POLITICS -- April 16, 2010 at 3:08 PM ET
Patchwork Nation: Land-Use Measure Could Create More Varied Florida
The story of Florida over the past half-century has been a story of real estate. Booms and busts and disputes between developers and preservationists can be deep and lead to tensions within communities in the state.
But in November the stakes will get a lot higher for the Sunshine State, with a ballot proposal known as Amendment 4. The measure, in 54 simple words, would dramatically change the state's politics by giving more power to voters and, with its focus on direct democracy, would make Florida feel a lot more like California.
The proposal would put many decisions about land use directly in the hands of the voters. "Before a local government may adopt a new comprehensive land use plan, or amend a comprehensive land use plan," it says, "the proposed plan or amendment shall be subject to vote of the electors of the local government by referendum."
The door would open to thousands of local votes on a host of issues - from parking lots to nature preserves. That means a state where the politics are already charged could get a lot more intense and be headed toward some bigger changes.
A gangly teen growing up
The NewsHour has spent this past week in Florida, looking at the "Spotlight City" of Tampa, but also looking at issues effecting the entire state. One thing is clear: It is a place in transition.
"Florida is an adolescent," Sean Snaith, director of the University of Central Florida's Institute for Economic Competitiveness, told us last week. In the recent decades it has grown bigger, stronger, and more powerful. "But there hasn't been much intellectual growth yet."
The state still lacks a true world-class university, Mr. Snaith noted, and its policies, particularly tax policies, have been more focused on plugging short-term holes than on fixing longer-term problems. There is no income tax in Florida and, to compensate, property taxes are high - and can vary for a range of reasons, including years of residency. That has meant huge problems in the housing crunch and the rash of foreclosures that have accompanied it.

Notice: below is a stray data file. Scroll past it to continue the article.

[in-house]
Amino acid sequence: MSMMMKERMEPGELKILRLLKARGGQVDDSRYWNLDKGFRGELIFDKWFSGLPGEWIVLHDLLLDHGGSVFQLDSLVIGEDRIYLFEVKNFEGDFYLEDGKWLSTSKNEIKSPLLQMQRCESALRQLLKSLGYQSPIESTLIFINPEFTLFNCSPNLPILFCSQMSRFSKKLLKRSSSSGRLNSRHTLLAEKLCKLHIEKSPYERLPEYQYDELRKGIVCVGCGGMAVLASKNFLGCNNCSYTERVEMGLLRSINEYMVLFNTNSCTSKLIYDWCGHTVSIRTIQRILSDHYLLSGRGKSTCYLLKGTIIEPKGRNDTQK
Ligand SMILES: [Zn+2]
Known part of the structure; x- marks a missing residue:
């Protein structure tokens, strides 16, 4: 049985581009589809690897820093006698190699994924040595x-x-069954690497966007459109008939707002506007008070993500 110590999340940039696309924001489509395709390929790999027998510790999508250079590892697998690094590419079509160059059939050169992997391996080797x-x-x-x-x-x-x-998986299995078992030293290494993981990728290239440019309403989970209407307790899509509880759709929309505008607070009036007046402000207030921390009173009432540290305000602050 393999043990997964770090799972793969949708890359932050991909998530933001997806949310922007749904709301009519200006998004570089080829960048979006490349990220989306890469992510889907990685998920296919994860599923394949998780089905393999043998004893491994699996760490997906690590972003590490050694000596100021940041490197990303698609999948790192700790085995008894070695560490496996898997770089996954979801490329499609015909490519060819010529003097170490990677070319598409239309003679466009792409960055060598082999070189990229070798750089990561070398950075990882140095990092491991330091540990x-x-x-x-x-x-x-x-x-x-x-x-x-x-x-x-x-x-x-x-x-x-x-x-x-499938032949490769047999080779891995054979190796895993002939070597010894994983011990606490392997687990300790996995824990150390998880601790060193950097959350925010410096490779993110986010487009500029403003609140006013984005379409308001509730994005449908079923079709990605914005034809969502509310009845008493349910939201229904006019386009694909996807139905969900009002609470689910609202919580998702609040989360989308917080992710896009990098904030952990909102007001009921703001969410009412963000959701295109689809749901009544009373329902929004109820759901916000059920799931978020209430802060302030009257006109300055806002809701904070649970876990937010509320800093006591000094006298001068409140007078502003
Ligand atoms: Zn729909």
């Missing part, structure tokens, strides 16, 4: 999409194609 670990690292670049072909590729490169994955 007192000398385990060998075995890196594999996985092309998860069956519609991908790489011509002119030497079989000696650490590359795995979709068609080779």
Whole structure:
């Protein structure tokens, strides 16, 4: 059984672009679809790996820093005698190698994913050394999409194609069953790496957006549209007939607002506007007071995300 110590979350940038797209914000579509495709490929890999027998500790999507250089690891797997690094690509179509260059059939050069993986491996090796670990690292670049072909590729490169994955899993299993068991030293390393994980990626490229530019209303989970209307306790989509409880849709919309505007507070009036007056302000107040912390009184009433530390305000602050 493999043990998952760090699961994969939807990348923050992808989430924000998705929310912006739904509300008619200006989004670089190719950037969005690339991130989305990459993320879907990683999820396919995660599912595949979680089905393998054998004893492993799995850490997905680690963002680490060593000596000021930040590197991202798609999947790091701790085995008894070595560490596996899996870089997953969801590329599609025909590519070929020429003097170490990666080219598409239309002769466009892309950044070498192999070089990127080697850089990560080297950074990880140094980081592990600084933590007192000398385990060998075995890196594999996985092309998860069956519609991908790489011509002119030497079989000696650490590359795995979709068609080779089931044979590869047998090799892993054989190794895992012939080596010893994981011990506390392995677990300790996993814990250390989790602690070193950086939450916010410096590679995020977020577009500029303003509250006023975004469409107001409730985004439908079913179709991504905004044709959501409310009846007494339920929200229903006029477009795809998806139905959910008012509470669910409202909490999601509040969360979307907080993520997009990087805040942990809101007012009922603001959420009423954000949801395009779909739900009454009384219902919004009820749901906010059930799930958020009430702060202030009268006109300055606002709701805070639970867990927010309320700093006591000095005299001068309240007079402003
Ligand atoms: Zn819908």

Amendment 4 suggests that as Florida grows and starts to deal with some of these issues, people there are interested in trying to seize more direct control over where the state is going. What's wrong with that? Nothing. But it suggests that politics could get a lot more complicated and that the state could change dramatically.
What are we voting on, again?
By one estimate, Lake County, the "Emptying Nest" that Patchwork Nation has been following for the past two years, would have seen more than 700 referendum measures since 2000, if Amendment 4 had been state law. That's a lot of votes, a lot of issues to understand and a lot of ways for people to register support or disdain.
In the context of Patchwork Nation, it's easy to see that Amendment 4 and measures like it could create a much more varied Florida. A main idea behind Patchwork Nation is that states are too big to easily classify and that counties are more culturally, economically and politically coherent.
Florida's big November ballot measure -- should it pass -- would further prove that point. Anyone who has driven the highways of the Sunshine State will tell you there are different attitudes toward growth -- and many other things -- in Lake County and Miami-Dade County.
Those differences will probably only be exacerbated if direct governance becomes a bigger part of how things are done. Come November, Florida -- already a big, complex amalgam of people and attitudes -- may well be on its way to becoming more of a mix and less of a cohesive whole.
This entry is cross-posted from the Christian Science Monitor's Patchwork Nation site.